CNN has often appeared starved for star power, but Robert Redford probably isn't the first name that comes to mind. Nevertheless, the news network has tapped two shows from the actor-producer-activist's Sundance Prods., "Chicagoland" and "Death Row Stories," to advance its push into documentary series, theoretically to become less reliant on the news cycle's vagaries to sustain ratings. Despite solid producing pedigrees and compelling subject matter, both shows come with inherent flaws - the first sure to be derided as a valentine to Windy City Mayor Rahm Emanuel, the latter not much different from the average hour on Investigation Discovery.
CNN's strategy figures to be under a slightly more invasive microscope due to the recent exit of primetime host Piers Morgan, as the network seeks to redefine itself under chief Jeff Zucker without throwing the baby out with the proverbial bath water. Yet while CNN has backed some intriguing docs - "Blackfish" perhaps foremost among them - these new programs underscore that conjuring such quality in series represents a difficult challenge.
Garry McCarthy (previously featured, incidentally, in "Brick City"). While the narrative bobs and weaves to include gangs, the Chicago Blackhawks and the rich music and comedy scenes, much of the early tension hinges on Emanuel's efforts to overhaul the public schools, to the chagrin of many parents and teachers groups.
Still, given the rap CNN regularly faces from conservatives for being a liberal mouthpiece, one has to question producing a show that feels like such a paean to Emanuel. "Obsessive. That about sums up all things Rahm Emanuel," the narration says, by way of introduction.
However flamboyant and outspoken the former Obama and Clinton administration operative might be (he's described as "Richard Daley with a circumcision"), the headaches hardly seem worth the benefits.
The same goes for said narration by Pulitzer Prize winner Mark Konkol, which is obviously intended to capture the color and flavor of the city, but tends to mix tough-guy cliches with a monotonous drone. "Maybe there's something in the water here," Konkol says at one point, referring to the city's storied history with gangs.
Halfway through the eight episodes, though, the series seems less about water than atmosphere. And while the filmmakers conjure plenty of big-shouldered moments, "Chicagoland" - the name notwithstanding - doesn't establish itself as much of a TV destination.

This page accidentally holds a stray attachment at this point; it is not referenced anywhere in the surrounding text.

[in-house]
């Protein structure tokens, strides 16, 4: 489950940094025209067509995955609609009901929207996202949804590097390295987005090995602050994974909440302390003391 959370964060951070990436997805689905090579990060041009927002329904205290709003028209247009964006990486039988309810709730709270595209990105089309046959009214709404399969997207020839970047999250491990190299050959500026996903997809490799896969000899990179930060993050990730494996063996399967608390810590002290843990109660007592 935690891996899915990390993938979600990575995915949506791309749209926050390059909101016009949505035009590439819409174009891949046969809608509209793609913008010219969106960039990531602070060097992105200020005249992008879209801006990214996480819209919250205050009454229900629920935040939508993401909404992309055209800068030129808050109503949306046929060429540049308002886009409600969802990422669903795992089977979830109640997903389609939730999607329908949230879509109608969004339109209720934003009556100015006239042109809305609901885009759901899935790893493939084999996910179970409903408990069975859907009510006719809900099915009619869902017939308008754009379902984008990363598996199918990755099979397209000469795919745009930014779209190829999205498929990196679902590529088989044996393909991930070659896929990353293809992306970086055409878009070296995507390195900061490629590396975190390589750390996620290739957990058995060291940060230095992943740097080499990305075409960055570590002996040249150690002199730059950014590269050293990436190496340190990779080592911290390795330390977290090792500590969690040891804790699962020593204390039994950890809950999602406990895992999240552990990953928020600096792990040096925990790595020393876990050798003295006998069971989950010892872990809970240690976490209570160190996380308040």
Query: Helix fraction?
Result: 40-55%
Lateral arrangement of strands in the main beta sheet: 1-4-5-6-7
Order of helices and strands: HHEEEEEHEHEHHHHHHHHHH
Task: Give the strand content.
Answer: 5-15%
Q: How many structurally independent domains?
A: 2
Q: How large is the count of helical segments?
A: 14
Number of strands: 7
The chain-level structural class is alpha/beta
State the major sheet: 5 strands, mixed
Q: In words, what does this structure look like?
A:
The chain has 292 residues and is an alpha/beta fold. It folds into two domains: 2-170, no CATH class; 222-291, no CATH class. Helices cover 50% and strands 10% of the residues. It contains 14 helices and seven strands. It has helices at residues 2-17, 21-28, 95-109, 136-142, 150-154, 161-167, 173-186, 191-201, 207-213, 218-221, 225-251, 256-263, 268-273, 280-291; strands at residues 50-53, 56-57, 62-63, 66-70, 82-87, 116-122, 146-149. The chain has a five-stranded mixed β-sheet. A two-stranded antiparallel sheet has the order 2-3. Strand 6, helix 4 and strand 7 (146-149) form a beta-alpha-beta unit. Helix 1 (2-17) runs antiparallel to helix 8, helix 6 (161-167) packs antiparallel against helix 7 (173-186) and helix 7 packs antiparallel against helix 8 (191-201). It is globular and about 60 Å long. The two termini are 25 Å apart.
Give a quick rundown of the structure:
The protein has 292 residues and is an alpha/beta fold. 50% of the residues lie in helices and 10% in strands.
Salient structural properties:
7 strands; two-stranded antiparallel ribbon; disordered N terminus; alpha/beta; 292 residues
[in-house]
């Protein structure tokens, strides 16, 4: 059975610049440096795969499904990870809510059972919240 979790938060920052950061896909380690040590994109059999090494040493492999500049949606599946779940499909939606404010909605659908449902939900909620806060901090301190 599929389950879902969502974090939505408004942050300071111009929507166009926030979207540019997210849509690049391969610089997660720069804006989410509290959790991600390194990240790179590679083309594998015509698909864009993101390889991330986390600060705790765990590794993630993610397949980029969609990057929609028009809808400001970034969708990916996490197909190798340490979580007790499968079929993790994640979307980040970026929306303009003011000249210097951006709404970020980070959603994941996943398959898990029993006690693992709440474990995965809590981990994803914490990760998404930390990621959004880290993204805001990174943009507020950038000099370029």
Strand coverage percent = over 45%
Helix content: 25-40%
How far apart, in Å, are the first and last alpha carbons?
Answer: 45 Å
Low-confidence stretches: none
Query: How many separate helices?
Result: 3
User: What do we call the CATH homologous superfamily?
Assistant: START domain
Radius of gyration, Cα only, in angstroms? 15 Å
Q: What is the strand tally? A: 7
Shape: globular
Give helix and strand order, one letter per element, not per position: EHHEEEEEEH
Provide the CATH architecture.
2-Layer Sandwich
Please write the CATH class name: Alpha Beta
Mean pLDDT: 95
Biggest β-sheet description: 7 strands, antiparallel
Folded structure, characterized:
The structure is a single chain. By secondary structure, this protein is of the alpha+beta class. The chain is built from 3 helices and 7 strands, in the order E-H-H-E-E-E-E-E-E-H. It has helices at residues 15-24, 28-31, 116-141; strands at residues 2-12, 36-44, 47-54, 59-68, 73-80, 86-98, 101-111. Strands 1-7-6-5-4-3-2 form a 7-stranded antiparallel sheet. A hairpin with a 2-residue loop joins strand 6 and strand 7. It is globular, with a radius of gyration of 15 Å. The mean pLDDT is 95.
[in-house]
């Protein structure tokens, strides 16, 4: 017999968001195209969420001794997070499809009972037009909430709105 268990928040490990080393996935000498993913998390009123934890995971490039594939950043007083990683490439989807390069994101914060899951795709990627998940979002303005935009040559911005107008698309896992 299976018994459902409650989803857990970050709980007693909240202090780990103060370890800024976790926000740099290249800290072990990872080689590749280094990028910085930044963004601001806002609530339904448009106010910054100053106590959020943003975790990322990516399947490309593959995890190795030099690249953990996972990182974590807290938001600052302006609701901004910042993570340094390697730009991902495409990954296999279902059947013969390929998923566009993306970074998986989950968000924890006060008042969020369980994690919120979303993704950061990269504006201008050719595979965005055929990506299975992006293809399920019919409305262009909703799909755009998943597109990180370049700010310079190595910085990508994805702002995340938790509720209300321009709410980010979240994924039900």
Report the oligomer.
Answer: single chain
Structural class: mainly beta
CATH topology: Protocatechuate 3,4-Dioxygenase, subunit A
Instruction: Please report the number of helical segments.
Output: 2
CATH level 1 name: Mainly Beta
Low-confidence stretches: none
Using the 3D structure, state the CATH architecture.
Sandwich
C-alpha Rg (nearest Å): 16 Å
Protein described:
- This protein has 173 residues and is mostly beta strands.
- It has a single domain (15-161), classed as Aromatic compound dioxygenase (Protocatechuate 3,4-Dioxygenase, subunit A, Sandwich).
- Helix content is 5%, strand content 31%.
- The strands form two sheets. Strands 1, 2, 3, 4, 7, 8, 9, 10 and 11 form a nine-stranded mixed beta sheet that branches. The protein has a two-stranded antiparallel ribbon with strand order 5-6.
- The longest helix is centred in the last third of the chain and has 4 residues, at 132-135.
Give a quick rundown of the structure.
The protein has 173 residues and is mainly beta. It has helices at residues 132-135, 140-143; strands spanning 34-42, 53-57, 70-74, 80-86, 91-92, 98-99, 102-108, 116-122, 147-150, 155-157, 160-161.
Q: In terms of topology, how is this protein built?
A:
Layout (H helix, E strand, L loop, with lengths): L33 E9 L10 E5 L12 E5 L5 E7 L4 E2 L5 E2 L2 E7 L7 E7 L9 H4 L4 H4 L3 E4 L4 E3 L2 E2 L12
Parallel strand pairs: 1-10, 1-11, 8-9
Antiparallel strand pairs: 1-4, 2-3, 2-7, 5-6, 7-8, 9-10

"Death Row Stories," by contrast, is a much more conventional product, despite the stewardship of documentary filmmaker Alex Gibney. Each episode deals with a different death-row case, pushing the clear agenda - as Gibney has noted in publicity for the show - that getting it wrong in this context has the serious side effect of erring irrevocably.
Narrated by Susan Sarandon (making a logical connection to her role in "Dead Man Walking"), the show begins with Edward Lee Elmore, an African-American man convicted of murdering a white woman in South Carolina more than 30 years ago.
Given the movement against the death penalty - on moral grounds and due to its unequal application along various socioeconomic lines, including race and class - the program is certainly provocative and timely. The premiere also chronicles how shoddy police work and a questionable defense might have led to Elmore's conviction.
Anything that spurs a conversation about capital punishment and its efficacy is laudable. Still, this is such familiar territory for TV and crime-hungry cable channels as to feel like nothing special, despite the attached imprimatur of Redford and Gibney.
CNN is surely feeling its way around as it tries to settle on the proper mix of such regularly scheduled programs, as well as documentaries that hew closer to HBO territory. It doesn't appear to have found an answer yet, but keep fishing. Maybe it's in the water.